Saturday, July 24, 2010

1960's Psychedelic Bands Laid the Groundwork For Internet Trolling

By Matthew Jorn

A group of art students form the University of St. Thomas in Houston, Texas formed the band Red Krayola in 1966. They made noisy rock and psychedelia, and were contemporaries of the psychedelic band The 13th Floor Elevators, which was run by Lelan Rogers, brother to Kenny Rogers.

Their philosophy was simple: make music with instruments they found cheap or made themselves, walk on stage and attempt to make music. It should be noted that they had no idea how. They're recognized as the progenitors of the Houston Noise musical movement, and are in this writer's opinion artists of a very high order.

Their art is not a musical one. Far from it, and that's not to their discredit. They played a show in Berkeley, California and were paid ten dollars by a member of the audience to stop playing. They were, as current Internet parlance dictates, 'trolls.'

Wikipedia defines a troll as "someone who posts inflammatory, extraneous or off-topic messages in an online community ... with the primary intent of provoking other users into a desired emotional response." The most typical desired response is of course, anger. With the growing prevalence of inexperienced or otherwise ill-informed people surfing the internet, the trend of trolling grew out of a sort of communal outrage at the sometimes ignorant things people can say or ask while online, and the way others can respond to it. A troll turns the tables on your typical Internet wise guy, trying to make a fool of someone who's already making a fool of him.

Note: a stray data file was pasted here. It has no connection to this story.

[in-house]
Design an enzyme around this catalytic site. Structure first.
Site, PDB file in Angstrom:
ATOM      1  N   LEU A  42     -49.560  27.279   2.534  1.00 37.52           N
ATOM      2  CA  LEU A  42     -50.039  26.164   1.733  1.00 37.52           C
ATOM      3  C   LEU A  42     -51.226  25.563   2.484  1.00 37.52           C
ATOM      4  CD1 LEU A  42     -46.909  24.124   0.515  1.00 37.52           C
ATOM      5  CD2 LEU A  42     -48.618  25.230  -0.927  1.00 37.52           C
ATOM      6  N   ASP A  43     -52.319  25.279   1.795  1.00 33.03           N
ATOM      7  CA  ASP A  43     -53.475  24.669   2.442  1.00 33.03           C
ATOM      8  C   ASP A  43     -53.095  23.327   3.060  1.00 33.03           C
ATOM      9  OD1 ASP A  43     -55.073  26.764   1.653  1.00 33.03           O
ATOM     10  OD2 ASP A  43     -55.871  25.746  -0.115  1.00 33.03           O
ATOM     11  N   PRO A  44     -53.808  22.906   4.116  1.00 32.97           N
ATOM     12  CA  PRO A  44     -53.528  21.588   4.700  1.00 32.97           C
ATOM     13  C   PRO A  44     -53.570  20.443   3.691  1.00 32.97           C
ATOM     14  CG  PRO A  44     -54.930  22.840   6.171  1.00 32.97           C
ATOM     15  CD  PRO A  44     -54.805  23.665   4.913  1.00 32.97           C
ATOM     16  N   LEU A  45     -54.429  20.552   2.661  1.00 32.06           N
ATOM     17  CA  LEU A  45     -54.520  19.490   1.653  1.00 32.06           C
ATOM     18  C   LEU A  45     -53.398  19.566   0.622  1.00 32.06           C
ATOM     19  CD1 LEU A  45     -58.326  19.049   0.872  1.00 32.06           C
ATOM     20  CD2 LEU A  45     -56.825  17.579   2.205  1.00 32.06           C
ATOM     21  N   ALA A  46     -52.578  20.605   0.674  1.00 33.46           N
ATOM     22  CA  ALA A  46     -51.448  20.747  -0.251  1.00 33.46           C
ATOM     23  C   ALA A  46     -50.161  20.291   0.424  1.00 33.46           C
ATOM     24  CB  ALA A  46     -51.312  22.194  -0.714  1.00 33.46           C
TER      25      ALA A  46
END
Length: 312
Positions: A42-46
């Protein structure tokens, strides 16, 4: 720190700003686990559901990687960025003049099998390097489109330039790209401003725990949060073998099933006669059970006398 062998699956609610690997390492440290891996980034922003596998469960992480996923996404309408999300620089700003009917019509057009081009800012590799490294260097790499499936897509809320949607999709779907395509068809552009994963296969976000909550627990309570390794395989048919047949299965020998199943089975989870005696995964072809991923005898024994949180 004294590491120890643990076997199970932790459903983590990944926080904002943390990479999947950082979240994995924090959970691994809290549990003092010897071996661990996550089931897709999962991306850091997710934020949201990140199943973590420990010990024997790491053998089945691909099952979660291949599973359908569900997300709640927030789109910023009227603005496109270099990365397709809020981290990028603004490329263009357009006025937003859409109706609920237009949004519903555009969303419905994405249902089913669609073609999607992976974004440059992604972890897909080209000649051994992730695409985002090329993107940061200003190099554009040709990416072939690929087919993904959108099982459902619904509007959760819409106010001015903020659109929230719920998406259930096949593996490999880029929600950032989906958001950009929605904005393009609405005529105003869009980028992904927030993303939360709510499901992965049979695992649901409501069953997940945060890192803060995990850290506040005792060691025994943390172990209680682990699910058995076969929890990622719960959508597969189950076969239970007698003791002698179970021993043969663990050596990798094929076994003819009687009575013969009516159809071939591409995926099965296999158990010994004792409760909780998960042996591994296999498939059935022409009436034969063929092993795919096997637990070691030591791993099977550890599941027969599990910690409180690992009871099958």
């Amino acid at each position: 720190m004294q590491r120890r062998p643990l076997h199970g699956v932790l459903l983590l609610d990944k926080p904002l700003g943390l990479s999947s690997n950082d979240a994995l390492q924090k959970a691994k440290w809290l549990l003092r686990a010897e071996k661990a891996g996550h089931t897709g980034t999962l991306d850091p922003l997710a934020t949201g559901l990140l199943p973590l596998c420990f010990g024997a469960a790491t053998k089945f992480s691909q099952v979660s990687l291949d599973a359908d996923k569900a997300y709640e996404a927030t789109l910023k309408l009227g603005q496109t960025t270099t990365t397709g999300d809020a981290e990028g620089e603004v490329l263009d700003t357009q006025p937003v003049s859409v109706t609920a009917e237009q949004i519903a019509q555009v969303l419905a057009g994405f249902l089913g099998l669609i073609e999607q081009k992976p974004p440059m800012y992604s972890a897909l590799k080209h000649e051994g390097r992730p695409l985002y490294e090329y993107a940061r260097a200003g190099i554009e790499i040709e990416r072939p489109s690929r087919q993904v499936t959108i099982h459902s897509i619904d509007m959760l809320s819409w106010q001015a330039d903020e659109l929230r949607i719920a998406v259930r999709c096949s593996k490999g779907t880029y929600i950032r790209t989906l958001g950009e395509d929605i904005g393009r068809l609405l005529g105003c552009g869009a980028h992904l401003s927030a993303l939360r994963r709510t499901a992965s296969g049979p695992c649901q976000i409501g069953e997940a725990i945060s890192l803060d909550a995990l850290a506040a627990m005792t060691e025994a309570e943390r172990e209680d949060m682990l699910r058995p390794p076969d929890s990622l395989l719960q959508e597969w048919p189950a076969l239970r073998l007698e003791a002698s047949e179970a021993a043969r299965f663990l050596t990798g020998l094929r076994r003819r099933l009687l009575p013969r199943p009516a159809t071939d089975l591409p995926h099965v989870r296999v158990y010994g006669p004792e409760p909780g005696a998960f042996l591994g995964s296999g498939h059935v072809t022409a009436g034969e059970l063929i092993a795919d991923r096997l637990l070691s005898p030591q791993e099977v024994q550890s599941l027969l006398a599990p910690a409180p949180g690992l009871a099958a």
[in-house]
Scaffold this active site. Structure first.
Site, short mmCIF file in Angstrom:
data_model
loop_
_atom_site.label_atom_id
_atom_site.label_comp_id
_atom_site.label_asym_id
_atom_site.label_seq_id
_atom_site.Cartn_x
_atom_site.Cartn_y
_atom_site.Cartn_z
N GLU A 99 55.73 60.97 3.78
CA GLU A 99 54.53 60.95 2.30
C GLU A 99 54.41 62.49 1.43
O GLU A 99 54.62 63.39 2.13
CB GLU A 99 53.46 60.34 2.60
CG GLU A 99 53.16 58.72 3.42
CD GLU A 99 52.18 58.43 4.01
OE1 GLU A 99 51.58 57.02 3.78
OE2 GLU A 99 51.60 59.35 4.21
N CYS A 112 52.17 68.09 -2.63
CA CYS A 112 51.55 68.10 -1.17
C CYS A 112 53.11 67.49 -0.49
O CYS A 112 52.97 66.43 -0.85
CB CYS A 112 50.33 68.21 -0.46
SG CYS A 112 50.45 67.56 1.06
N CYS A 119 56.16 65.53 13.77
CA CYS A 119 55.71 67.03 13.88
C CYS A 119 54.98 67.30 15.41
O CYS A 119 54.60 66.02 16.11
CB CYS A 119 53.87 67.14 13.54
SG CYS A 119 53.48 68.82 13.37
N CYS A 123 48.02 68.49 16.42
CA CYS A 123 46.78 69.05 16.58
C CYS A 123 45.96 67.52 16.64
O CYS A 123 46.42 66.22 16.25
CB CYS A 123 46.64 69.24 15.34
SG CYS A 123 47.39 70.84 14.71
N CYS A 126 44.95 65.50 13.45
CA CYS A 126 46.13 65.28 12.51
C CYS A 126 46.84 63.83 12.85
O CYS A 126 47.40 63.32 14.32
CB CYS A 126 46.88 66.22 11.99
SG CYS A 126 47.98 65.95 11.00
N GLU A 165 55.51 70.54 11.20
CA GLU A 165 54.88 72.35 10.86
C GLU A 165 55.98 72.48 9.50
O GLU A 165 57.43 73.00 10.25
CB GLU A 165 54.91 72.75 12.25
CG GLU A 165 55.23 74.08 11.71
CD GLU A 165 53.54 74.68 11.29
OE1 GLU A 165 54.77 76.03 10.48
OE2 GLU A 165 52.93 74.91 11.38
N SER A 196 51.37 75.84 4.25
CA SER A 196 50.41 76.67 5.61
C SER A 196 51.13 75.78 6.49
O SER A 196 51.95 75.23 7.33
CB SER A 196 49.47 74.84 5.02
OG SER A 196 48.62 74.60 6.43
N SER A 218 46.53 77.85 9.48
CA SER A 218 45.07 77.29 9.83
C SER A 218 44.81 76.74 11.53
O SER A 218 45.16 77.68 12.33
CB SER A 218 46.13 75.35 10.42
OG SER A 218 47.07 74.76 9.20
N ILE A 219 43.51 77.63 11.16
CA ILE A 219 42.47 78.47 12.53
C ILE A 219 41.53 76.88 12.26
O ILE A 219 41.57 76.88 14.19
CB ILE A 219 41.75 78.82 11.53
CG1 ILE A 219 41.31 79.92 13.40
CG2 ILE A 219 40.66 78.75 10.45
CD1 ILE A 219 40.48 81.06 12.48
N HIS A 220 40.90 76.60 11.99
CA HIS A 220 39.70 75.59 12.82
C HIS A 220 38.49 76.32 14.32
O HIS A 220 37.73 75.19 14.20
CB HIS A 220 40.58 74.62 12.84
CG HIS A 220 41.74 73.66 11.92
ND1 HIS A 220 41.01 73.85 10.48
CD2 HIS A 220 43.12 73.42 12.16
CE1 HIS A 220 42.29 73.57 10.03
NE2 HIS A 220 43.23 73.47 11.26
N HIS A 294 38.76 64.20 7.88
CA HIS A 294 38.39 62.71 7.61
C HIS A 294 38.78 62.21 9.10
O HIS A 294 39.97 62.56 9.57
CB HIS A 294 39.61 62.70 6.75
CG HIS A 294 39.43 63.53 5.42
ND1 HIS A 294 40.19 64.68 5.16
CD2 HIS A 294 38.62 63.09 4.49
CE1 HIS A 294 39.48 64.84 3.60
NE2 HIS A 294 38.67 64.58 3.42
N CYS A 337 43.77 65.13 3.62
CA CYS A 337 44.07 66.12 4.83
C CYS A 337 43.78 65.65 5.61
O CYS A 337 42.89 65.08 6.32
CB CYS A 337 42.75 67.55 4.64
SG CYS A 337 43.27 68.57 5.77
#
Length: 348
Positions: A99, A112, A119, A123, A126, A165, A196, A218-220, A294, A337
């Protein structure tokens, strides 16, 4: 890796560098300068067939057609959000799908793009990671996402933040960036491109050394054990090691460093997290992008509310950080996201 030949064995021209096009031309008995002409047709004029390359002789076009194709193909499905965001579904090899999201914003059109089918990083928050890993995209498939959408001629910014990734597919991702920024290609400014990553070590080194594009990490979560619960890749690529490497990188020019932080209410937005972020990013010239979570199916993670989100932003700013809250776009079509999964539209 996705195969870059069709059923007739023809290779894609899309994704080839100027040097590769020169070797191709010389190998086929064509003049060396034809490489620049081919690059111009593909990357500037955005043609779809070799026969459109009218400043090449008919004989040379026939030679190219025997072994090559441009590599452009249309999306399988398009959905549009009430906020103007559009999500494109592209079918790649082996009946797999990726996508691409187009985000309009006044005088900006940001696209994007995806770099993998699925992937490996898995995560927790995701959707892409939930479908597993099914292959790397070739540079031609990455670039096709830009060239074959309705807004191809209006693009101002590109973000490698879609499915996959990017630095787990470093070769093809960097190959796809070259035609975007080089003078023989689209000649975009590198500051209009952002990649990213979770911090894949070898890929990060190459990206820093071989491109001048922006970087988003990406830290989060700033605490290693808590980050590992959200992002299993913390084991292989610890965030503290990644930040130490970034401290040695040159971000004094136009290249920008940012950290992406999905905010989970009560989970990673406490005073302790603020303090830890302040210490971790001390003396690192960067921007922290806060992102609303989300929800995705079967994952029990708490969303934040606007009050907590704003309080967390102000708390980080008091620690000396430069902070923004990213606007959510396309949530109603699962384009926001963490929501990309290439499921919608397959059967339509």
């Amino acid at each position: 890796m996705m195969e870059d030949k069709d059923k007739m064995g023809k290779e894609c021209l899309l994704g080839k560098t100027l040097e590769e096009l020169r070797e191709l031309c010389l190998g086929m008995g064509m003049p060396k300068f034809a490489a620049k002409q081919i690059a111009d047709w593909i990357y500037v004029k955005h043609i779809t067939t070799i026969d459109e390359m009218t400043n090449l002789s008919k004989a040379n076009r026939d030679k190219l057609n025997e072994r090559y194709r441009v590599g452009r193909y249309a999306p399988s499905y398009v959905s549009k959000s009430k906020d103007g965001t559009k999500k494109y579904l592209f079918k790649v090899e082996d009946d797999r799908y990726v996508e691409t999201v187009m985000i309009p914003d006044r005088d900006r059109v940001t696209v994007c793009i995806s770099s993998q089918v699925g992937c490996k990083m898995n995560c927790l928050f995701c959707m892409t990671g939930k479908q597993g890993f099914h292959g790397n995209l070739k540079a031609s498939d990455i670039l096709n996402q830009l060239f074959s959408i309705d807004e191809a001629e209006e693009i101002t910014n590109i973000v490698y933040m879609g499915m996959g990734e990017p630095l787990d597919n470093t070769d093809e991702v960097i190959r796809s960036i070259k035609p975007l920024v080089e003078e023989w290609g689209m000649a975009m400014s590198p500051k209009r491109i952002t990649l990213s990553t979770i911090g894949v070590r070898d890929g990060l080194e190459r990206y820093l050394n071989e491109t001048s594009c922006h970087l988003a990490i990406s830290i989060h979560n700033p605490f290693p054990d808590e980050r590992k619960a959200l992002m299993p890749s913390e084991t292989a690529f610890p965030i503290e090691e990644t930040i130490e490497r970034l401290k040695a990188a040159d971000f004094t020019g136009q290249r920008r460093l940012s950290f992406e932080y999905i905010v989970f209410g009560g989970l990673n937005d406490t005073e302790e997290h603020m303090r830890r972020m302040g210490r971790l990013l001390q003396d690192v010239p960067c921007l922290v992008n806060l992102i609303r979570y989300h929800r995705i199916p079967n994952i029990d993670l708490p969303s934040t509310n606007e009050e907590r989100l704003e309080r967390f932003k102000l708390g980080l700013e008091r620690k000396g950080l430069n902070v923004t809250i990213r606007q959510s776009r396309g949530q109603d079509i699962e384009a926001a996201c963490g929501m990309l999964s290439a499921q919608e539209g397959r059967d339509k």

The term trolling has since evolved to be essentially synonymous with pulling a prank, or otherwise attempting to 'get someone's goat,' as it were. A troll comes in all shapes and sizes, and indeed some aren't quite as good as others. Failed trolls can come off as lewd, unnecessary, or otherwise cruel, particularly those that are done without any finesse.

The ultimate aim of trolling is what one could imagine was the aim of Red Krayola, or nearly any artist of a particular mindfulness and consideration. They troll to produce chaos, to uproot conventions and show different, sometimes confusing or frightening perspectives, or to eradicate them, and not to mention to be funny.

A troll can miss its mark, and can offend or otherwise hurt the unsuspecting bystander. As a result, the activity itself has gotten somewhat of a bad rap. But it is the work of the true artists that deserve the attention, not the imitators. The gentlemen in Red Krayola got in a vehicle, loaded up their equipment, traveled half way across the country just so they could offend an audience until someone paid them ten dollars to stop. There's effort there. There's forethought, and for what? Maybe most of the audience got a bit of a chuckle. They did it because they could, and because they knew it would be unexpected and different, and they were recognized for it.

Most people can't resist the joy in pulling a good prank. If ancient folklore is any indication, people haven't been able to resist it, and have indeed revered it for thousands of years. The next time you're perusing the Internet, keep an eye out for these artists and their thankless art. It's out there, hilarious, and Red Krayola can be thanked for their help passing the unlit torch and putting Houston on the trolling map.

Matthew Jorn writes articles about history, music, travel, fishing, and other vaguely-related topics. Houston's long history of outside-the-box thinking is on display at Russell and Smith Ford in Houston who knows that while looking for a new Ford Mustang Houston drivers don't want a bunch of gimmicks and tricks; just the best car for the money from the best dealership for your money.

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